Zambia flourished in the commodity boom of 2004-2011, with the economy reaping the benefits and growing an average of 7% YoY. Copper exports are Zambia’s number one source of foreign exchange, and as receipts reduced starting from 2011, the local currency slipped into depression, which in turn increased inflation because the Zambian CPI features a large proportion of imported goods. The global surplus of copper, compounded with the difficulties related to production in Zambia, meant Zambian mines have been unable to match their counterparts in other parts of the world in providing cheaper copper. Furthermore, Zambia has been suffering from its own supply problems, as the Honorable Minister of Energy David Mabumba told TBY: “Between early 2015 and up to October 2016, Zambia’s rainfall pattern was poor, and with low water levels in many of our hydro plants, generation capacity—of which 95% comes from water sources—fell almost 50%.“ Or, as resident Director of Maamba Collieries, Ashwin Devineni, put it: “Mining companies in Zambia are not getting their due share of energy owing to the severe power deficit.“ The global surplus then, compounded with the difficulties related to production in Zambia, meant Zambian mines have been unable to match their counterparts in other parts of the world in providing cheaper and cheaper copper.
In addition, high interest rates limit the amount of capital that can be borrowed by firms such as logistics and transportation companies, which deal directly and indirectly with the mining industry, looking to mitigate a forced downsizing of their operations.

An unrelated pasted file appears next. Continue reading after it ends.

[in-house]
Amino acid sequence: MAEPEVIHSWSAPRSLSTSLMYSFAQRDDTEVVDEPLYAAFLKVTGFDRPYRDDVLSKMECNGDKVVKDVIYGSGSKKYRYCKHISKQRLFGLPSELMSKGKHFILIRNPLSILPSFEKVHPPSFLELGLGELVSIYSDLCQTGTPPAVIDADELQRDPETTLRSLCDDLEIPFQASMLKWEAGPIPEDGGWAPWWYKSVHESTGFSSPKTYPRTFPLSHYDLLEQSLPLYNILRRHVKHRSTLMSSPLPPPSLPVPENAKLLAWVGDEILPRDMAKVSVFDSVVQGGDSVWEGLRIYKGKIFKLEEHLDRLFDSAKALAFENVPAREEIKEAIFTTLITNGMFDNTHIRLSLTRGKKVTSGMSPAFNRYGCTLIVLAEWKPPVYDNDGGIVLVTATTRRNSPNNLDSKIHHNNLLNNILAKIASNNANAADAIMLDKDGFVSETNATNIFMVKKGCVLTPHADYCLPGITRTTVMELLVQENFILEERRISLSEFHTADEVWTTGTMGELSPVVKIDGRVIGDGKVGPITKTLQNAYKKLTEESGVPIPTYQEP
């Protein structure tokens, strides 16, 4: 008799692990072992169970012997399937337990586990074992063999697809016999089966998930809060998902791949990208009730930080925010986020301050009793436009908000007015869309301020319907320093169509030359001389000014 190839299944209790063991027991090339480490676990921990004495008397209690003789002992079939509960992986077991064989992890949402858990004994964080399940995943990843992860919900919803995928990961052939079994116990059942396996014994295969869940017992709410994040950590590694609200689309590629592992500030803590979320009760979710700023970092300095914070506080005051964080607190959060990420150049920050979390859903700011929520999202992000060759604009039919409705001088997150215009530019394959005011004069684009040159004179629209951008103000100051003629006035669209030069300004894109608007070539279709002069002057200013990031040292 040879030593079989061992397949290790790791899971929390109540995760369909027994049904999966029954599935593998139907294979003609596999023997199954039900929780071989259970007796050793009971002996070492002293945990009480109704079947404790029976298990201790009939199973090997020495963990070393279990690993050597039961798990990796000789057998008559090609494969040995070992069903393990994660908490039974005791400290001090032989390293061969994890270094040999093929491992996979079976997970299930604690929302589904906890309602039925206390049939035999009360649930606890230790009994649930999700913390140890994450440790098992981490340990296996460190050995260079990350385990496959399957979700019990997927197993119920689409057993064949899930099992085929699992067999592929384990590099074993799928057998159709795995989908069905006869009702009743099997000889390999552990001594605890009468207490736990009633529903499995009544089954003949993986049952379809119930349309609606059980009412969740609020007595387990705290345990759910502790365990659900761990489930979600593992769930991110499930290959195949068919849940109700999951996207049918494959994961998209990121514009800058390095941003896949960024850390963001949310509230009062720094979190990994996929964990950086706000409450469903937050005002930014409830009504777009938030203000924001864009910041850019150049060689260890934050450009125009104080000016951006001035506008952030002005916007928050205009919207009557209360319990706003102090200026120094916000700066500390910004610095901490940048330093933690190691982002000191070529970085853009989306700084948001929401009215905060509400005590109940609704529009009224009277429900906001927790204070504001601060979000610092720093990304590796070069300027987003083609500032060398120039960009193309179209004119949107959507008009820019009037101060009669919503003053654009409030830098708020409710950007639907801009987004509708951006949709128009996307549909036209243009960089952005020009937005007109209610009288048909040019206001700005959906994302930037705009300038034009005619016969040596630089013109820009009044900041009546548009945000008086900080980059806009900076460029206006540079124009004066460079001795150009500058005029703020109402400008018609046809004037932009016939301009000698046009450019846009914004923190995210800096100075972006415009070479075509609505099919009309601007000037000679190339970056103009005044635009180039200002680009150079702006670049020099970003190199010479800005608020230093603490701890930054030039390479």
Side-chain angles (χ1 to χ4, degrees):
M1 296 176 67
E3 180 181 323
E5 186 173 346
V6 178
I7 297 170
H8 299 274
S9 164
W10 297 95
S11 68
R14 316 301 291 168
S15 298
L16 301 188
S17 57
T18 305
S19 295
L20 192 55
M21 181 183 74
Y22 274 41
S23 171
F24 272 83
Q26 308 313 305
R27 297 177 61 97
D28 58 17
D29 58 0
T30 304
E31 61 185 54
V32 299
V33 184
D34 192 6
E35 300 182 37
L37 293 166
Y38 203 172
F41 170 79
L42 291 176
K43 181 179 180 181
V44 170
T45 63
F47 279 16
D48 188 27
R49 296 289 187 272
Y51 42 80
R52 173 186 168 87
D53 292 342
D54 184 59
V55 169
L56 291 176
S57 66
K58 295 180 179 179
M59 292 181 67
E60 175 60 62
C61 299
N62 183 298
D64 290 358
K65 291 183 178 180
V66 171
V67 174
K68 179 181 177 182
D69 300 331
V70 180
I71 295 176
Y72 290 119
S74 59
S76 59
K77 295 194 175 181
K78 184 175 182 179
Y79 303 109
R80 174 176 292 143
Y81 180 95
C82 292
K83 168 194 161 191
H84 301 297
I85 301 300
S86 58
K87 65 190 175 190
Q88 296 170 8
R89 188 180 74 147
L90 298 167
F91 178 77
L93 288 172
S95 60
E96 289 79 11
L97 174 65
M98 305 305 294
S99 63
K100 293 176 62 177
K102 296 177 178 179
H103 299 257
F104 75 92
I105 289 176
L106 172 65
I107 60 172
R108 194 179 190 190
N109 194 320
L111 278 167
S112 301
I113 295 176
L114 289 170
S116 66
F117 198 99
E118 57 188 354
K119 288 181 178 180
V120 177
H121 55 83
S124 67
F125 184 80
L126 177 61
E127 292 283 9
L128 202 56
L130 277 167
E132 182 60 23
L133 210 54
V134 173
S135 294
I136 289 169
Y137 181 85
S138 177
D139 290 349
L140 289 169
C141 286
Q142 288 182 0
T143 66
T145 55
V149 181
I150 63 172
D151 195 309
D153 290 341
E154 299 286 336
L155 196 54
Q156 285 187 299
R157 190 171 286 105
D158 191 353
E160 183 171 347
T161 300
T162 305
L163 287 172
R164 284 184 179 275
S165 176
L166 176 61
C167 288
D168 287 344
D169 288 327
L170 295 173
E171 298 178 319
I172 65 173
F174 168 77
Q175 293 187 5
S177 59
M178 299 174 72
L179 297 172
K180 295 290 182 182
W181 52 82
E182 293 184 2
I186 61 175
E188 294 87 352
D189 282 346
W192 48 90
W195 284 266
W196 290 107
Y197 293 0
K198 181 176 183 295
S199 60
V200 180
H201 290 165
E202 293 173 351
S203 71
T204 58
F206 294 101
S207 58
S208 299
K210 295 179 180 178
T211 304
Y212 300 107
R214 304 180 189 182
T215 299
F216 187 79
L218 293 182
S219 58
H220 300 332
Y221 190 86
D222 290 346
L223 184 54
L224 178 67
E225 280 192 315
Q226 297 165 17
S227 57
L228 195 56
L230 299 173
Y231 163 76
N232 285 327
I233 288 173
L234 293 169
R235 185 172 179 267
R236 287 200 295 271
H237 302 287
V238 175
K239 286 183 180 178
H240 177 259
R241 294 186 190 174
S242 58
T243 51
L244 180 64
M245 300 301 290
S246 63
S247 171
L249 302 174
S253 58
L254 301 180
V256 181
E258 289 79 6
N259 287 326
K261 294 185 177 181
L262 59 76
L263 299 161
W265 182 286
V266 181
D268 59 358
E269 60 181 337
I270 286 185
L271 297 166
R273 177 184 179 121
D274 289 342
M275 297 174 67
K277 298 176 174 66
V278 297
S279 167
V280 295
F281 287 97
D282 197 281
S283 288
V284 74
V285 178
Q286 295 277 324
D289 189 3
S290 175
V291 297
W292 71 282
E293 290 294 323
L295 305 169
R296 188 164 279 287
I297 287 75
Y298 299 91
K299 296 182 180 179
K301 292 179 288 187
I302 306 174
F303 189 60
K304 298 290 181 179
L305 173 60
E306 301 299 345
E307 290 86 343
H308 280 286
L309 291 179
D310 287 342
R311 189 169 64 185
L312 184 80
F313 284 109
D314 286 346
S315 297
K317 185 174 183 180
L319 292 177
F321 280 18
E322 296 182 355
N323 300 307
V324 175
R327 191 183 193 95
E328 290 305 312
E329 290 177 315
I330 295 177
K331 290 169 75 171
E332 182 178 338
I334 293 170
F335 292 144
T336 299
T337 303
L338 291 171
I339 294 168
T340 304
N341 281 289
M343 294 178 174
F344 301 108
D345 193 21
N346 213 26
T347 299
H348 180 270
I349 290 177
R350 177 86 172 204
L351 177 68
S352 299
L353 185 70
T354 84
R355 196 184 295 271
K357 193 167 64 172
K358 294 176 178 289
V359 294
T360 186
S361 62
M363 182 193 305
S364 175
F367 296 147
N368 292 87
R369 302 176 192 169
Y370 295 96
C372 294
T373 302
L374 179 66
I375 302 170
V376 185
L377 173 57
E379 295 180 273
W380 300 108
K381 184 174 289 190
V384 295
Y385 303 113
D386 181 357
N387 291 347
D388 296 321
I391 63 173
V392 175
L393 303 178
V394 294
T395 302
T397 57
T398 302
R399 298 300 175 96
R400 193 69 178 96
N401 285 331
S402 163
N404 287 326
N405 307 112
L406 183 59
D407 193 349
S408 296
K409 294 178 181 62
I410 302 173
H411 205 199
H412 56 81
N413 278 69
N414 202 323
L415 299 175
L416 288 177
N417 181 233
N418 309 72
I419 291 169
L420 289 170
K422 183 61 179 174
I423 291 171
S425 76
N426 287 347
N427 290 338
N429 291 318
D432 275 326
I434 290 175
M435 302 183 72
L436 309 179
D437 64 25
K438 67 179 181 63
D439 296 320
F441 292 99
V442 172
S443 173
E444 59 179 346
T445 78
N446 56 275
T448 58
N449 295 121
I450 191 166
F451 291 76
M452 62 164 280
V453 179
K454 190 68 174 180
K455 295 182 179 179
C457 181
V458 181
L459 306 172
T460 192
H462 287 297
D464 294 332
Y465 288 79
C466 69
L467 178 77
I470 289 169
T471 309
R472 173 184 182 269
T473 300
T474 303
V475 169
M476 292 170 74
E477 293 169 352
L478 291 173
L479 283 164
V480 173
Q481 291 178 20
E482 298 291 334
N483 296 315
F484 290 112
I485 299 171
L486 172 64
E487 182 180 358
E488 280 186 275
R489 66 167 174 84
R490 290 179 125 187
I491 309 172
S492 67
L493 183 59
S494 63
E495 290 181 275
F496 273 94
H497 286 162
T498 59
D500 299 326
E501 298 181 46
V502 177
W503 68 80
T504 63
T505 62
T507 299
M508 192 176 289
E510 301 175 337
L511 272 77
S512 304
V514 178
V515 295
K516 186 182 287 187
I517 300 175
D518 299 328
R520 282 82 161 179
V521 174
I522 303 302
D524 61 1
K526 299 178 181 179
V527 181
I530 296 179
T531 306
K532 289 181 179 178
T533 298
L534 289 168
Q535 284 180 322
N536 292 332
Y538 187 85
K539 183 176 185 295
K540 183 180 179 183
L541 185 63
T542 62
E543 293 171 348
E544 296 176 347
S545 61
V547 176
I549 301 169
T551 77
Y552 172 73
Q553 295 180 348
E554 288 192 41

However, since late 2016, there has been somewhat of a reversal of fortunes for commodity markets, particularly the copper industry. In 4Q2016, global copper prices jumped 10%, reaching USD6,101 a ton by 1Q2017. The current uptick in prices has much to do with recent events tipping the scales of supply and demand. The first of these is increased manufacturing activity in China. The official China manufacturing Purchasing Managers’ Index (PMI) from late 2016 came in at 51.2, nudging over the halfway mark to indicate expansionary activity, as opposed to contraction. This was the fastest rate of improvement since March 2011, and was great news for copper sales. A second important factor is the possibility of high demand in the US following Donald Trump’s promise to pump a significant amount into funding infrastructure projects. Economists in Zambia are keenly tracing the so-called “Trump effect“ on copper prices, claiming increased spends on structural projects, as well as the growing likelihood of another war on ISIS, should keep prices up well into the year.
Herryman Moono, the National Secretary of the Economics Association of Zambia (EAZ), explained, “The key message for a country like Zambia is that there is a need to diversify the economy if we are to be insulated from copper price volatility. In addition to this, it is important to make proper use of revenues from copper during periods of copper booms by setting up a stabilization fund.“ Such a mineral stabilization fund, like the one established by the Chilean government in 2007, was advocated by the EAZ late 2016 as a way of protecting the country from further fluctuations in the copper price.
It was not until the slump that diversification was placed back on the agenda with any serious momentum. In his inauguration speech on September 13, 2016, HE President Lungu stressed the need for Zambia to diversify away from copper into agriculture, manufacturing, and tourism, calling for the public sector to improve policy relating to these areas, and for the private sector to seize opportunities as they were made available.
As the mining community begins to celebrate the bright outlook at the beginning of 2017, others are advocating for caution. There is the real danger that Zambia will make hay while the sun shines and forget about all its wet-weather contingency plans. Indeed, if these ups and downs in the copper price have taught us anything, it is that where copper prices are concerned, the only thing that we can be certain of is uncertainty.